believers in Kerala feel that they should go to Sabarimalai at
least once in their life time to redeem a pledge, to realize a
life-long desire, or to fulfill a sacred duty. Here I shall
describe only the cult of Ayyappan and the history behind it.
the actual pilgrimage takes place during the months of December
and January every year, tradition prescribes the following preparations
for the spiritual success and physical safety of the pilgrims.
However, it should be mentioned here that the emphasis today is
on the spirit rather than on the letter of traditions.
days before the day of the pilgrimage -- about November 15 or
Vrischikam 1 of the Malayalam Era--the prospective pilgrim goes
to a temple near his house and declares his intention to make
the pilgrimage before the gods, the priests, and the community
by wearing the garland of Tulasi or Rud-raksha beads (maladharan)
round his neck. Two purificatory baths — before sunrise
and after sundown --.are prescribed; twice should he recite prayers
before the icon of the Lord by incensing it with camphor.
He should not cut his hair or shave his face; he should wear black,
blue, or ochre garments; he should abstain from eating meat and
fish. Most importantly, the obser-vance of purity requires
that he abstain from all sex, in thought, word/and deed.
The insistence on purity means that no menstruating woman, over
twelve and under fifty, is permitted to make the pilgrimage lest
their "impurity" bring death and disaster on themselves and other
pilgrims during their trek through jungles infested by elephants,
tigers, bears, leopards, and poisonous snakes.
the eve of the pilgrimage, during a special ceremony called kettumurrukku
(backpacking) held at home in a pandal made of banana trees
and coconut leaves, the pilgrim prepares his headload (irumuti)
which is a cotton bag with two compartments. The front part
of the 1rumut i contains a coconut filled with pure melted butter
from cow's milk; it is the offering to the Lord. The rear
part of the bag holds all the food -- from salt to camphor, to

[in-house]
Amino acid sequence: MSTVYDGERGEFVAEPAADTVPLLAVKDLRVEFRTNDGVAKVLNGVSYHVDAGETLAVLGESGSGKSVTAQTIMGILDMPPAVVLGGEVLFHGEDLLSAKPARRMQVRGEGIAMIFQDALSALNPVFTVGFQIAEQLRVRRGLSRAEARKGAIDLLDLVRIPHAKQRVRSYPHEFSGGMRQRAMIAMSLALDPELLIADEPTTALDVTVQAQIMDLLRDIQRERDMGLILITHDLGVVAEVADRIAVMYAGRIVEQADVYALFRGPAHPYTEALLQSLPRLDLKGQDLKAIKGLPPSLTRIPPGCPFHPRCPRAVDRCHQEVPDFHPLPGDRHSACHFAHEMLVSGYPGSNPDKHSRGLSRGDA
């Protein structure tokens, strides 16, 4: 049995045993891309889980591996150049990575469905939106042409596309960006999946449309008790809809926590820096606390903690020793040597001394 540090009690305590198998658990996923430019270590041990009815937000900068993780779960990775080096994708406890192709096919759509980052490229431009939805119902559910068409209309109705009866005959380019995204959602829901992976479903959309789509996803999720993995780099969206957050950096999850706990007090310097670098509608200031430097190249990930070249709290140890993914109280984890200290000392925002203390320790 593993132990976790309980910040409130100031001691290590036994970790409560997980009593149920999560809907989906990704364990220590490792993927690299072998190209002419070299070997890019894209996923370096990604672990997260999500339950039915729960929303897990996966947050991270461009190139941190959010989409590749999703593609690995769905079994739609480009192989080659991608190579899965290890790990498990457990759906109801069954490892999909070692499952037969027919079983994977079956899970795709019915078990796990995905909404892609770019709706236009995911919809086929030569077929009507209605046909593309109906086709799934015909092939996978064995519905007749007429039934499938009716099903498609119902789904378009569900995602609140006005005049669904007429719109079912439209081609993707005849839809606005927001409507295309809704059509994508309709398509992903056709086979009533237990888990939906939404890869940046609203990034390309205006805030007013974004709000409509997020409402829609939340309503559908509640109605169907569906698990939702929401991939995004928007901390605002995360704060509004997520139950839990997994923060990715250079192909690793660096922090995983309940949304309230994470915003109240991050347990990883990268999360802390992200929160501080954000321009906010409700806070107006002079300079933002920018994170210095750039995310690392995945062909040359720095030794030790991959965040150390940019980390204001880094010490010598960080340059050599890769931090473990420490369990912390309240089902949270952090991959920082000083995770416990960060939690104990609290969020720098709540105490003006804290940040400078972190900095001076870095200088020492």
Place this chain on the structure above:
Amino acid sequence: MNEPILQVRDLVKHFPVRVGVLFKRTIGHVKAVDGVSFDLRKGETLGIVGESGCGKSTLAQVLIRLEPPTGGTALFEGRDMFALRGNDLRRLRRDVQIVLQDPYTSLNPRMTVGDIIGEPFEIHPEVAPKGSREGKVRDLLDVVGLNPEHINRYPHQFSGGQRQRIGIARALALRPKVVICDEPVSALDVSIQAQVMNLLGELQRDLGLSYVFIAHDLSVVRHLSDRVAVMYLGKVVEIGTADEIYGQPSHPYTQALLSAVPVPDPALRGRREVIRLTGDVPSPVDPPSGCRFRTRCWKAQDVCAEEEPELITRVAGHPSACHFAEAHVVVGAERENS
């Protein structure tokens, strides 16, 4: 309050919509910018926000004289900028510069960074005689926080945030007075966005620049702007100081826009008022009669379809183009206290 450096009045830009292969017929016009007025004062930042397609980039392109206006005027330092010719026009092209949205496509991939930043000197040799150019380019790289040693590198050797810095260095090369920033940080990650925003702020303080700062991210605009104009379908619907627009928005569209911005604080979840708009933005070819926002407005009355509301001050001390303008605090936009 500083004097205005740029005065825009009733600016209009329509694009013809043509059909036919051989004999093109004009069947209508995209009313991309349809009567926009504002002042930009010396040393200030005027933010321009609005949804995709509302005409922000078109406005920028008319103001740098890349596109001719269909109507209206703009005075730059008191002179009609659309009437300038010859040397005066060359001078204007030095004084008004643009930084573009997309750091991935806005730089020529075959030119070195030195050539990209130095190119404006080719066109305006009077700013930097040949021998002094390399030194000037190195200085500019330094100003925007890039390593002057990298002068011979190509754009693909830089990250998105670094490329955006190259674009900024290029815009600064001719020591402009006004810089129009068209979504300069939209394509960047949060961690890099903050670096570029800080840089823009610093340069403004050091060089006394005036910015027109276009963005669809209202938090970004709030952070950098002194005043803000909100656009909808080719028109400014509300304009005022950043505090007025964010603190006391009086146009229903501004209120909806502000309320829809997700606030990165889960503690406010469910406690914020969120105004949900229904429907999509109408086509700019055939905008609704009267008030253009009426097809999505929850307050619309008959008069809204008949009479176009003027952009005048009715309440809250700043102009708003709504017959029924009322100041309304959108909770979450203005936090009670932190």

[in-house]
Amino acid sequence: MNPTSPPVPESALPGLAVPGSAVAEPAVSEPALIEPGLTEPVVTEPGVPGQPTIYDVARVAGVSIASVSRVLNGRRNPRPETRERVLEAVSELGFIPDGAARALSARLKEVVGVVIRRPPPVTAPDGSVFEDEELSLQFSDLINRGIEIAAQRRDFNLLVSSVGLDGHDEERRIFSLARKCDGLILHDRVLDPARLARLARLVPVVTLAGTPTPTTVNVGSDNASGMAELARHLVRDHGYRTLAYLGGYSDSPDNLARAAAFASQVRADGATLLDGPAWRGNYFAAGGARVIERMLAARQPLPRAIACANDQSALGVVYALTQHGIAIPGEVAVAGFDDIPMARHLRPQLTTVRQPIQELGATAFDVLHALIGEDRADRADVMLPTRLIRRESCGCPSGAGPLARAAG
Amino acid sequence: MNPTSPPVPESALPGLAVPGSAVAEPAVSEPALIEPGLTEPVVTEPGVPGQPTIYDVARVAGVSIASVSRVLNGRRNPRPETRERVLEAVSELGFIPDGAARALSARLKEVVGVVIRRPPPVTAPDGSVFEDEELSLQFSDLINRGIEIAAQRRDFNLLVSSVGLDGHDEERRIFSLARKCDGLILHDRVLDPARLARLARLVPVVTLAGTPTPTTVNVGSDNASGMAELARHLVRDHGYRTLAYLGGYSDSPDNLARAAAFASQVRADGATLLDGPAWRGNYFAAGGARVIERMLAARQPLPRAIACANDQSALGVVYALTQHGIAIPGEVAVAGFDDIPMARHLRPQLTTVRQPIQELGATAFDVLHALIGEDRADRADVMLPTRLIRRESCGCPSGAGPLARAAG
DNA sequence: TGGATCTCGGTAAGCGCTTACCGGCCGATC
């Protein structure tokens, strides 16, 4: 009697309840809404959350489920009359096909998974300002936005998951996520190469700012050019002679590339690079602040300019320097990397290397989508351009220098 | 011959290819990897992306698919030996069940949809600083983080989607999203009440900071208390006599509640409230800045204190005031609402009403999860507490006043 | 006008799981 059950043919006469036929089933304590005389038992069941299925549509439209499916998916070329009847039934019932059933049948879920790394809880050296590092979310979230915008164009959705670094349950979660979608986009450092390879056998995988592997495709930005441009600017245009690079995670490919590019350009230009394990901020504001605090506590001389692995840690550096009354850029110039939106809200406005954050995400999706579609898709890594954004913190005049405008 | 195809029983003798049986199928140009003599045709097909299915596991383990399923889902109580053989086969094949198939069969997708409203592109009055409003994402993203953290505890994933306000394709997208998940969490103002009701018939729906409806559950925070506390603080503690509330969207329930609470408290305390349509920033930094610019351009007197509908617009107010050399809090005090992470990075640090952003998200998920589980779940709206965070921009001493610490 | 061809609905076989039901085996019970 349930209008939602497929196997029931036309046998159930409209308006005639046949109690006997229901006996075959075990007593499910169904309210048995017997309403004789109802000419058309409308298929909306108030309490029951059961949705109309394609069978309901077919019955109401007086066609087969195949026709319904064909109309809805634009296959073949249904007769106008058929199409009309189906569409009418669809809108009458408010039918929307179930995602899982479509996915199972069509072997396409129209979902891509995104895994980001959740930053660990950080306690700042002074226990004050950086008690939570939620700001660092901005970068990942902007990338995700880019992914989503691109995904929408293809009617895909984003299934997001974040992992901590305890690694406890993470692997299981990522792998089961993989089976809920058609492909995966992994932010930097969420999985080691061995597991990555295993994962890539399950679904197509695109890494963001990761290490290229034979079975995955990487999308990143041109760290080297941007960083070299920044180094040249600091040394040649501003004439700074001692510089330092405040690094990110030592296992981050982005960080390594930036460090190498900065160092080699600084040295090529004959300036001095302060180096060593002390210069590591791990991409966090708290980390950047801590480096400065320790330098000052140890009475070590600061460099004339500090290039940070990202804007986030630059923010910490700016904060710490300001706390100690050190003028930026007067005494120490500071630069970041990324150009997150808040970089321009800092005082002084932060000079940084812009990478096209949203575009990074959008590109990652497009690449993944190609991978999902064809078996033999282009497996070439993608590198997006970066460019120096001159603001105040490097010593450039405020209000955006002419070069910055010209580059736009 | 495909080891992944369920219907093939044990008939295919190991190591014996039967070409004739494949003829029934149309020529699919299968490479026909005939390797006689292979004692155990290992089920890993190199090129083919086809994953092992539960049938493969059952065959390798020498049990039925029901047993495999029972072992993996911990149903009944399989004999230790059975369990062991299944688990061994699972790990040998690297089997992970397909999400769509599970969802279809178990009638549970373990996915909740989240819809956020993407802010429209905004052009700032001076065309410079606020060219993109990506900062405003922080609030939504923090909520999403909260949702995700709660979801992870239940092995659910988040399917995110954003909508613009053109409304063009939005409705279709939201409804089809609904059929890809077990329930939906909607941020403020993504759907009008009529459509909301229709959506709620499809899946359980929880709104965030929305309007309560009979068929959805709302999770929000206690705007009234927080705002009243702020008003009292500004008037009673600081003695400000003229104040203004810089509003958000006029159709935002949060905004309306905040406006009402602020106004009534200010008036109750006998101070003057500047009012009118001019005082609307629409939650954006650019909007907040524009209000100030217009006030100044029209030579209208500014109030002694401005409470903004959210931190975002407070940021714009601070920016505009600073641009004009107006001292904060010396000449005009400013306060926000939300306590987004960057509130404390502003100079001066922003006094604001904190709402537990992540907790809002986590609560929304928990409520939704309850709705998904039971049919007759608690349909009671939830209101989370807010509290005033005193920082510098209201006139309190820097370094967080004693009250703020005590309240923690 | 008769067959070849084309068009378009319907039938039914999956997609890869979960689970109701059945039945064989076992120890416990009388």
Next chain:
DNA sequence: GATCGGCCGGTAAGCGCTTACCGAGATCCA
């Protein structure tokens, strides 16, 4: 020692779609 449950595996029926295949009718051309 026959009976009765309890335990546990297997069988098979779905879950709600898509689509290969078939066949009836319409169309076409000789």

use an expression from the Malayalam language — and the personal
things, like sleep-ing bag and clothes, the pilgrim needs during
his long journey, which used to take several days depending upon
the distance and means of transportation.
Sabarimalai Temple is built on an elevation of about twenty feet.
The pilgrim has to climb the Eighteen Sacred steps (pathinettampadi);
the first-year pilgrim must break his coconut on the first step;
the second-year pilgrim on the second step, and so on. After
mounting the Eighteen Steps with the i rumut i on the head, devoutly
and prayerfully, the pilgrims go round the temple, worshipping
at the shrines of Ganesh and Kartikeya, the other two sons of
Shiva. And then they stand in front of the golden statue
of Lord Ayyappan for a few moments to adore him and to make their
wishes known to him. In this temple the Lord is seated on a golden
throne in kurmasan without any weapons in his hands; the left
hand rests on the left knee and the right hand is raised in benediction
(chinmudra); a silk sash is wrapped round both knees since the
Lord is in a squatting posture; the crowned head wears long hair;
the youth's very adult face radiates peace and serenity; round
the neck there hangs a tiny bell along with all kinds of jewelry.
After the darshan (vision) of the Lord, the devotees remove the
headload (irumuti), and make the offering of the melted butter
which is to be used for the anointing of the statue of the Lord
(abhisheka). In thanksgiving the pilgrims offer gold,
silver, and money for favours received from Lord Ayyappan.